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Re: Marplan and insomnia (or something)

Posted by Scott L. Schofield on December 26, 1999, at 14:39:13

In reply to Re: Marplan and insomnia (or something), posted by Elizabeth on December 25, 1999, at 22:45:16

> I've tried a number of benzodiazepines for insomnia; I develop tolerance to them rapidly, so they aren't terribly useful to me. I've also tried trazodone, atypical antipsychotics, thioridazine (Mellaril), clonidine, tricyclics, diphenhydramine, hydroxyzine, gabapentin, chloral hydrate, and probably some I'm forgetting.

> I started using Ambien 20mg this week had used it before with Nardil, with some success). It's not perfect (wears off in a few hours -- not enough), but it's better than nothing.

The first time I tried a combination of tranylcypromine (Parnate) and desipramine (Norpramin), I was unable to sleep at all for the first week or so. At this point, my doctor decided it was time to intervene using sleeping medications. He chose Halcion (triazolam) and Ativan (lorazepam) to be taken in combination at bedtime. The strategy was to take advantage of the potent effects of the Halcion to initially induce sleep, and then have the Ativan carry me over until morning. The dosages were tweaked a bit and resulted in little, if any, hangover the next morning.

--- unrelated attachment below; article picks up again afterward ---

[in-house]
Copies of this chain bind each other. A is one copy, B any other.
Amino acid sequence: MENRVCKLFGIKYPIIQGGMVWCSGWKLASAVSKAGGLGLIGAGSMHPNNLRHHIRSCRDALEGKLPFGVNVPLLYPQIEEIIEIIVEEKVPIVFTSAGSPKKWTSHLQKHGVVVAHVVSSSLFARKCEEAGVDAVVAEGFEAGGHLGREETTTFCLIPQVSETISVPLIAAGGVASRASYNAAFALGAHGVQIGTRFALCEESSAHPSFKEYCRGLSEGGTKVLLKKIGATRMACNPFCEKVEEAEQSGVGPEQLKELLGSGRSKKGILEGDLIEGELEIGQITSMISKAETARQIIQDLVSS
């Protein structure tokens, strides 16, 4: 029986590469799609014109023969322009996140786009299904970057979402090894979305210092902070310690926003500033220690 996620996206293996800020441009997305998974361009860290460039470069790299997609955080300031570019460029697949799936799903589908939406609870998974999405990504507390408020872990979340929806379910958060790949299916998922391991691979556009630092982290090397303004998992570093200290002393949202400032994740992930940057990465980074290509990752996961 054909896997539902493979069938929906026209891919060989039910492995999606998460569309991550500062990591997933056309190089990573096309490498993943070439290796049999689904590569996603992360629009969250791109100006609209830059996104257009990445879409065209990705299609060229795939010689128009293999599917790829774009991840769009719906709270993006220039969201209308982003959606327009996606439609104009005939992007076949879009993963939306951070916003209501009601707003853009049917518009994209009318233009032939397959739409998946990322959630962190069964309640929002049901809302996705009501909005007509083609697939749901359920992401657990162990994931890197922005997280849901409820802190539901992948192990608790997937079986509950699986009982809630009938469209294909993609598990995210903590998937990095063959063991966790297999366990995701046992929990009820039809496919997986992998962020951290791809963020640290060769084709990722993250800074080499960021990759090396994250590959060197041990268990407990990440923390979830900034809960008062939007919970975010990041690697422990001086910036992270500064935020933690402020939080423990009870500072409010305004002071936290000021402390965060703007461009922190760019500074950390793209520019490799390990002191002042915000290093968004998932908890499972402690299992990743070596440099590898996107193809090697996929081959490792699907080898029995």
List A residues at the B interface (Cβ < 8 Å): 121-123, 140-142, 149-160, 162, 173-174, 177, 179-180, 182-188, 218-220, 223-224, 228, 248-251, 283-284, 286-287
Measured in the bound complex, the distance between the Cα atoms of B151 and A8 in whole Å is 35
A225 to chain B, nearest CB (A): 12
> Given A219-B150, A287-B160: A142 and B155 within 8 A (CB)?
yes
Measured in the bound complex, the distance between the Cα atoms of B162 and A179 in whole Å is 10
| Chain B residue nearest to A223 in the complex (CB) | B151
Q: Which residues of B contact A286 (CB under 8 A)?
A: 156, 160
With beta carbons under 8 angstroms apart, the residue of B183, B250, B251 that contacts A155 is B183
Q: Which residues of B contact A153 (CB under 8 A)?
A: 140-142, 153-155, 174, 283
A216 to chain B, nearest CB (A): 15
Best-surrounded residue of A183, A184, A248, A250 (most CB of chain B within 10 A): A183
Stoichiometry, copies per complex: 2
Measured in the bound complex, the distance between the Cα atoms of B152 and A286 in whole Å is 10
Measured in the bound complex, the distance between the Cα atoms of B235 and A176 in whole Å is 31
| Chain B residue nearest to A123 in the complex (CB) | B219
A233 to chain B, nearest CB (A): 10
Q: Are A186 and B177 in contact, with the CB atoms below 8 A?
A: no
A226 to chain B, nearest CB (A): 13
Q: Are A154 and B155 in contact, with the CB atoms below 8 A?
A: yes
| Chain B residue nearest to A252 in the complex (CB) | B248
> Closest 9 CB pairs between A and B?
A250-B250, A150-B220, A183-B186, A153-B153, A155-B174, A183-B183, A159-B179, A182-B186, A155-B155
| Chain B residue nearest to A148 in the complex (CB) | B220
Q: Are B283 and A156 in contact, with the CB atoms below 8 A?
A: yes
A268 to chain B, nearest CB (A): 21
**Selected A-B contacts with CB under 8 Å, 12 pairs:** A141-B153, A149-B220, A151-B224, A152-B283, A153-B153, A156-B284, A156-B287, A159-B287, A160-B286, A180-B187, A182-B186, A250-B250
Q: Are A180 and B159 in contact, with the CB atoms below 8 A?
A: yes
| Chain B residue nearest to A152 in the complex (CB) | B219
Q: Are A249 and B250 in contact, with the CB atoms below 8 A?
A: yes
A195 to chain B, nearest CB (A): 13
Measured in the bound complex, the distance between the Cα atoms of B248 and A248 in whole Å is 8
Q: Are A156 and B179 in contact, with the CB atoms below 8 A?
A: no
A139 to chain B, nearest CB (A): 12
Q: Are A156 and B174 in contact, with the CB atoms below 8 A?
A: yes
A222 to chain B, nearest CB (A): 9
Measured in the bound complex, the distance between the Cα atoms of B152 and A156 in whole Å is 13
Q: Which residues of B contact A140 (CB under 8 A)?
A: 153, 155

If Ambien (generic name?) works well enough to put you to sleep, perhaps you can find something else to carry you the rest of the way through the night (trazadone, clonazepam, lorazepam). I found chloral hydrate to be hell on the stomach.

For some reason, I find myself waking up at 2:00 AM and then at 5:00 AM when using either Nardil or Parnate. I was told by WZ Potter that this was a function of time after the initiation of sleep. I guess this is possible since I have pretty much gone to bed around the same time for years (10:30 - 11:00 PM). As far as the 5:00 AM awakening, I get the feeling that this might be more a function of circadian rhythm. I have never bothered to look into it.

Does the fact that you experience early-morning awakenings indicate that you suffer from typical (melancholic) unipolar depression?

- Scott




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